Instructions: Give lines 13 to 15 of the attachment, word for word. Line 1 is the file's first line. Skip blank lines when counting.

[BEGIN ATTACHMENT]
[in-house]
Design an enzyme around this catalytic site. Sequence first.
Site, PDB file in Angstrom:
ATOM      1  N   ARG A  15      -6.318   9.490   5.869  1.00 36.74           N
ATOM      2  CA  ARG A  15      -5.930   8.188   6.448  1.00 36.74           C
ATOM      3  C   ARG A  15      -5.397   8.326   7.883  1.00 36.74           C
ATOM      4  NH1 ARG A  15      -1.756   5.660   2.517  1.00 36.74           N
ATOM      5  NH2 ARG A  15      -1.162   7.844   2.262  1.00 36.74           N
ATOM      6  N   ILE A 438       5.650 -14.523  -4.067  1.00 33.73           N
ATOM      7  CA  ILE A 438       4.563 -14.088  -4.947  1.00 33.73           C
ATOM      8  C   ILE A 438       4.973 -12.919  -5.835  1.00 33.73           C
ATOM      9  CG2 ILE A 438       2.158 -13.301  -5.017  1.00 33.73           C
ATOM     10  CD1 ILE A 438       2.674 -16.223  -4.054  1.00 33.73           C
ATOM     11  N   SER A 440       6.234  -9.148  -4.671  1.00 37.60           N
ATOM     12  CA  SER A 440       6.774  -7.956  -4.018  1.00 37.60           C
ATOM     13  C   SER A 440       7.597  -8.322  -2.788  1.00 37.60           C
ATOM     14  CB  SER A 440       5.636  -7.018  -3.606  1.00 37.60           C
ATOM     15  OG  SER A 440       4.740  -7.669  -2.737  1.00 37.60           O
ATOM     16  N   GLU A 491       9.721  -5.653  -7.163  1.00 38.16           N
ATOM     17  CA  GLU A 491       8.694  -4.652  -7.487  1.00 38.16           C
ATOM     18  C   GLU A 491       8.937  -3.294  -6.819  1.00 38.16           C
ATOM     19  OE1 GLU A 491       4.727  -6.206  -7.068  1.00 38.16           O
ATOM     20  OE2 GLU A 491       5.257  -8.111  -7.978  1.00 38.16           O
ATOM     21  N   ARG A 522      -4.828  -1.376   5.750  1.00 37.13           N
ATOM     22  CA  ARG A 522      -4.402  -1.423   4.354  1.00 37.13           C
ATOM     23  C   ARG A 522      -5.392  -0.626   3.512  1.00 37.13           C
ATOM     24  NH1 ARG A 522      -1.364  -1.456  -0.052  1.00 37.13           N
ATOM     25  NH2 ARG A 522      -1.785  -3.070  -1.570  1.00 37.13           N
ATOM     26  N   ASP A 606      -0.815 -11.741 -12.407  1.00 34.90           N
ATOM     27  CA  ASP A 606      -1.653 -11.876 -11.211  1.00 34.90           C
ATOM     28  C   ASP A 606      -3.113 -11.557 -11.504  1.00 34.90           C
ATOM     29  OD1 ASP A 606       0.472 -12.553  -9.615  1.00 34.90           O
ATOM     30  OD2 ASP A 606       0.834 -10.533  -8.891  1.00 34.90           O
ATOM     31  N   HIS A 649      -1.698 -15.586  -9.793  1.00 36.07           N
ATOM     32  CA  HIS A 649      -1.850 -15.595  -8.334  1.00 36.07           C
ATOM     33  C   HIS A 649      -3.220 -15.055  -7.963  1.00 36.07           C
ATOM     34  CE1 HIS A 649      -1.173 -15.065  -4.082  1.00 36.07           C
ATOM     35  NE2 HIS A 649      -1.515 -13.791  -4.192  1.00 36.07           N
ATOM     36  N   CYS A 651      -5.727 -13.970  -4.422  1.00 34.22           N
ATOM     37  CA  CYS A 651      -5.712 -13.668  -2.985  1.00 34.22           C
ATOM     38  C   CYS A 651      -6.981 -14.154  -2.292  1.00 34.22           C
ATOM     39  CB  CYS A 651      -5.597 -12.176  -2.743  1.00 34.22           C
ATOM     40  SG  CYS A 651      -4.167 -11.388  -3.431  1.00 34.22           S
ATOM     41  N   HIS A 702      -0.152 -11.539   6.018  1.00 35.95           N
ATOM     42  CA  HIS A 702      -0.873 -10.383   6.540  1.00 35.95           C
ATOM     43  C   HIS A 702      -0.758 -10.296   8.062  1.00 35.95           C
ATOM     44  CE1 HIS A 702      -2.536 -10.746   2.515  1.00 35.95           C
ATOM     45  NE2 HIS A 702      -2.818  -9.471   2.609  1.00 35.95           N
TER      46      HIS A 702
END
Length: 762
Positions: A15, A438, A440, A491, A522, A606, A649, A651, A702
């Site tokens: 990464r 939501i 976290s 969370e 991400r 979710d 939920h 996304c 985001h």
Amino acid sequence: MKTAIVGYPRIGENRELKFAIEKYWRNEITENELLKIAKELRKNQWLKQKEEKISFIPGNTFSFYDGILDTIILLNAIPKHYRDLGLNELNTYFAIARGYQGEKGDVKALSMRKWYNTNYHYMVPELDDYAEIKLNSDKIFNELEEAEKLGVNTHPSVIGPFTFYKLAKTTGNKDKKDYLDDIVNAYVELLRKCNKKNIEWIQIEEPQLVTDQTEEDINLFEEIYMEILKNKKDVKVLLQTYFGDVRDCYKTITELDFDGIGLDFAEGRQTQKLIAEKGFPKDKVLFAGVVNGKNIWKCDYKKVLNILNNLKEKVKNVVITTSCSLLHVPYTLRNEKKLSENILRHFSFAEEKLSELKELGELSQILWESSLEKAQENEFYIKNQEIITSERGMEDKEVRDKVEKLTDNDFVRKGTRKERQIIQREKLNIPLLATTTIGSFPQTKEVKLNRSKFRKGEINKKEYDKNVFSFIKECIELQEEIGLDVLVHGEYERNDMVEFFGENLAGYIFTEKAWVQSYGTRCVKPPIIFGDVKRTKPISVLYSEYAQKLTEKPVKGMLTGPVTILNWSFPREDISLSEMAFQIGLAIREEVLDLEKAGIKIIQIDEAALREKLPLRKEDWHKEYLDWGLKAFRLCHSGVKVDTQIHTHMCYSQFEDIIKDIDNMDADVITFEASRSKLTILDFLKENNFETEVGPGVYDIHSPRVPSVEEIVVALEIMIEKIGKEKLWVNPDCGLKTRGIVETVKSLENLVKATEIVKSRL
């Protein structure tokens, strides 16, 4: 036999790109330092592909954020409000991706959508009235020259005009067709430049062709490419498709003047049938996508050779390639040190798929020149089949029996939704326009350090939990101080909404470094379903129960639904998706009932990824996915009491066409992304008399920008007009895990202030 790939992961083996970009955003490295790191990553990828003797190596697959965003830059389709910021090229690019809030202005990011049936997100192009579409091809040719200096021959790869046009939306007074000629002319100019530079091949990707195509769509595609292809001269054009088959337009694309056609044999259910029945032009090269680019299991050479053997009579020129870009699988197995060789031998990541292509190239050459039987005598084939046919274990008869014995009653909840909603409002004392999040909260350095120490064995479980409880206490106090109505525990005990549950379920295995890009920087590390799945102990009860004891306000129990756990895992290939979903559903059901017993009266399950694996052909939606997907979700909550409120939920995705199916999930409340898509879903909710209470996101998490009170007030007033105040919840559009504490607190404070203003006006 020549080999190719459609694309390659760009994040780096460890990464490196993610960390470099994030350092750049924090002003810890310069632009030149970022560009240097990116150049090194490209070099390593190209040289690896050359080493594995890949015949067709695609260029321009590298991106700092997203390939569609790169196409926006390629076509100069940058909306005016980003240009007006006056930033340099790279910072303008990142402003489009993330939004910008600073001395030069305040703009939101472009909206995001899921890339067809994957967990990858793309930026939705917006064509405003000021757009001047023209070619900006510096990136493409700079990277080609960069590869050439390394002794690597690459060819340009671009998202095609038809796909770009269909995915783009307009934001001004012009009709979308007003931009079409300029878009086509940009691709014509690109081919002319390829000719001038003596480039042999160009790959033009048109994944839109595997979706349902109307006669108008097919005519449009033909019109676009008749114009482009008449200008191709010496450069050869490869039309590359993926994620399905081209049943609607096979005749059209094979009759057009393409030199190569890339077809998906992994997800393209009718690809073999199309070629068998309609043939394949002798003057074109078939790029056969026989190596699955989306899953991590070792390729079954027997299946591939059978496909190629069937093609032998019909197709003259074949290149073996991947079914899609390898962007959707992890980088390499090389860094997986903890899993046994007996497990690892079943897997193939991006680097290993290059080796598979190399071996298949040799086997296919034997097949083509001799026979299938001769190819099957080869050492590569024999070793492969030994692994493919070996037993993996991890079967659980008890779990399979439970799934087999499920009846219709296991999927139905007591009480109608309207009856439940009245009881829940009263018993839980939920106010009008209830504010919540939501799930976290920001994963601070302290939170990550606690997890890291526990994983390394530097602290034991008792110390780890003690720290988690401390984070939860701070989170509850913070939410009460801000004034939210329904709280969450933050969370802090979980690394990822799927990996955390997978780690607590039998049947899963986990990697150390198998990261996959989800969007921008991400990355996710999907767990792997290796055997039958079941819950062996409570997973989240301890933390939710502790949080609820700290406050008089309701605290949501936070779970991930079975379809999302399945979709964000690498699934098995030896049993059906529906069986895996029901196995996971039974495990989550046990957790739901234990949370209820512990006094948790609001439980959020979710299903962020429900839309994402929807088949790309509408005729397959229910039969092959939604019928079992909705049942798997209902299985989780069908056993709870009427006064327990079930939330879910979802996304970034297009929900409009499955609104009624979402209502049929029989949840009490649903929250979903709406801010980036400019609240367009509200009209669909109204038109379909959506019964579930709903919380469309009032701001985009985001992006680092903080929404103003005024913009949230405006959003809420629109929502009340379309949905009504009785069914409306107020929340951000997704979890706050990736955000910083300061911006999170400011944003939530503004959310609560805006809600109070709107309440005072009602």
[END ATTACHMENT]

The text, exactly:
ATOM     10  CD1 ILE A 438       2.674 -16.223  -4.054  1.00 33.73           C
ATOM     11  N   SER A 440       6.234  -9.148  -4.671  1.00 37.60           N
ATOM     12  CA  SER A 440       6.774  -7.956  -4.018  1.00 37.60           C